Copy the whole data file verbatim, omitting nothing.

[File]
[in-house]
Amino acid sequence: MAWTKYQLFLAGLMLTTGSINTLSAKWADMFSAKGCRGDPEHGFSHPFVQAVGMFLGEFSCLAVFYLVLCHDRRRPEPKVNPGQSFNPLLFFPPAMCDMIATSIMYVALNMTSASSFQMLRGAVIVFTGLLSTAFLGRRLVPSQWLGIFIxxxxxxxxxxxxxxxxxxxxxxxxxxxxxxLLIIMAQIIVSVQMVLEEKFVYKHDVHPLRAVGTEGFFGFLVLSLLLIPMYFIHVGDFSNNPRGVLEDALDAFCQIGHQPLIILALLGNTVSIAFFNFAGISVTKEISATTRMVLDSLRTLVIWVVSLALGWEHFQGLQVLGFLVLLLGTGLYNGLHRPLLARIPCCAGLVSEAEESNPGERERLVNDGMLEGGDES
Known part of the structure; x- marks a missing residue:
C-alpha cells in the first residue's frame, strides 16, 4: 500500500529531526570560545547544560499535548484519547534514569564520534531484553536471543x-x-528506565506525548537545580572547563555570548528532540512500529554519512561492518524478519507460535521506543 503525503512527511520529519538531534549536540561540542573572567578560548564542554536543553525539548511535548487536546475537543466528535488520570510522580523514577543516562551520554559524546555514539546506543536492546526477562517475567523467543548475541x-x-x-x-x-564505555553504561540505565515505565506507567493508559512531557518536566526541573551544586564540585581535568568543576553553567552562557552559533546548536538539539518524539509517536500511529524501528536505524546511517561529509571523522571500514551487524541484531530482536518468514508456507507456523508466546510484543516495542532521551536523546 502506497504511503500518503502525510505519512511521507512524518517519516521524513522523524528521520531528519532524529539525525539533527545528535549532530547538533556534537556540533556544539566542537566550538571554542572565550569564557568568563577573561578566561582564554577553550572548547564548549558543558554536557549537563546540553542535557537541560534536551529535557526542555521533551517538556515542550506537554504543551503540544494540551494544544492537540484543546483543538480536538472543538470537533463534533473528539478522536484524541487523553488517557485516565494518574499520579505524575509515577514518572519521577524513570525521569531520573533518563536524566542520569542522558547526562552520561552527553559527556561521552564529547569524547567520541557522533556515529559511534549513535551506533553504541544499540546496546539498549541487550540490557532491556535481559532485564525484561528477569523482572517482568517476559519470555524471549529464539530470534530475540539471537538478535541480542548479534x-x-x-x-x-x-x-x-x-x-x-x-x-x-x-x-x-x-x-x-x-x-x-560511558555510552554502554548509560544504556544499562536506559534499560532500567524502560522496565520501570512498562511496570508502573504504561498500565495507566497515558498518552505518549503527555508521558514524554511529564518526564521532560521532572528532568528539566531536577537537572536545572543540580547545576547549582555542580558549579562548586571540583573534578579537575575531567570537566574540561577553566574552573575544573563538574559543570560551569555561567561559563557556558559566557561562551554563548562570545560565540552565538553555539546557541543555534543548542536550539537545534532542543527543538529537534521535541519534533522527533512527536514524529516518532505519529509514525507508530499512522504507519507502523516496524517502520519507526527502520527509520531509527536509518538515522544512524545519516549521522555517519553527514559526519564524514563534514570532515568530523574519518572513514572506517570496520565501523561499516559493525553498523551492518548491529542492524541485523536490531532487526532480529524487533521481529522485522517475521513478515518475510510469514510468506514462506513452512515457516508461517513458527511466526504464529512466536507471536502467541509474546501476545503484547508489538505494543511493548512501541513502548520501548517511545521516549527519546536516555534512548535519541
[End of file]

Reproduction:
[in-house]
Amino acid sequence: MAWTKYQLFLAGLMLTTGSINTLSAKWADMFSAKGCRGDPEHGFSHPFVQAVGMFLGEFSCLAVFYLVLCHDRRRPEPKVNPGQSFNPLLFFPPAMCDMIATSIMYVALNMTSASSFQMLRGAVIVFTGLLSTAFLGRRLVPSQWLGIFIxxxxxxxxxxxxxxxxxxxxxxxxxxxxxxLLIIMAQIIVSVQMVLEEKFVYKHDVHPLRAVGTEGFFGFLVLSLLLIPMYFIHVGDFSNNPRGVLEDALDAFCQIGHQPLIILALLGNTVSIAFFNFAGISVTKEISATTRMVLDSLRTLVIWVVSLALGWEHFQGLQVLGFLVLLLGTGLYNGLHRPLLARIPCCAGLVSEAEESNPGERERLVNDGMLEGGDES
Known part of the structure; x- marks a missing residue:
C-alpha cells in the first residue's frame, strides 16, 4: 500500500529531526570560545547544560499535548484519547534514569564520534531484553536471543x-x-528506565506525548537545580572547563555570548528532540512500529554519512561492518524478519507460535521506543 503525503512527511520529519538531534549536540561540542573572567578560548564542554536543553525539548511535548487536546475537543466528535488520570510522580523514577543516562551520554559524546555514539546506543536492546526477562517475567523467543548475541x-x-x-x-x-564505555553504561540505565515505565506507567493508559512531557518536566526541573551544586564540585581535568568543576553553567552562557552559533546548536538539539518524539509517536500511529524501528536505524546511517561529509571523522571500514551487524541484531530482536518468514508456507507456523508466546510484543516495542532521551536523546 502506497504511503500518503502525510505519512511521507512524518517519516521524513522523524528521520531528519532524529539525525539533527545528535549532530547538533556534537556540533556544539566542537566550538571554542572565550569564557568568563577573561578566561582564554577553550572548547564548549558543558554536557549537563546540553542535557537541560534536551529535557526542555521533551517538556515542550506537554504543551503540544494540551494544544492537540484543546483543538480536538472543538470537533463534533473528539478522536484524541487523553488517557485516565494518574499520579505524575509515577514518572519521577524513570525521569531520573533518563536524566542520569542522558547526562552520561552527553559527556561521552564529547569524547567520541557522533556515529559511534549513535551506533553504541544499540546496546539498549541487550540490557532491556535481559532485564525484561528477569523482572517482568517476559519470555524471549529464539530470534530475540539471537538478535541480542548479534x-x-x-x-x-x-x-x-x-x-x-x-x-x-x-x-x-x-x-x-x-x-x-560511558555510552554502554548509560544504556544499562536506559534499560532500567524502560522496565520501570512498562511496570508502573504504561498500565495507566497515558498518552505518549503527555508521558514524554511529564518526564521532560521532572528532568528539566531536577537537572536545572543540580547545576547549582555542580558549579562548586571540583573534578579537575575531567570537566574540561577553566574552573575544573563538574559543570560551569555561567561559563557556558559566557561562551554563548562570545560565540552565538553555539546557541543555534543548542536550539537545534532542543527543538529537534521535541519534533522527533512527536514524529516518532505519529509514525507508530499512522504507519507502523516496524517502520519507526527502520527509520531509527536509518538515522544512524545519516549521522555517519553527514559526519564524514563534514570532515568530523574519518572513514572506517570496520565501523561499516559493525553498523551492518548491529542492524541485523536490531532487526532480529524487533521481529522485522517475521513478515518475510510469514510468506514462506513452512515457516508461517513458527511466526504464529512466536507471536502467541509474546501476545503484547508489538505494543511493548512501541513502548520501548517511545521516549527519546536516555534512548535519541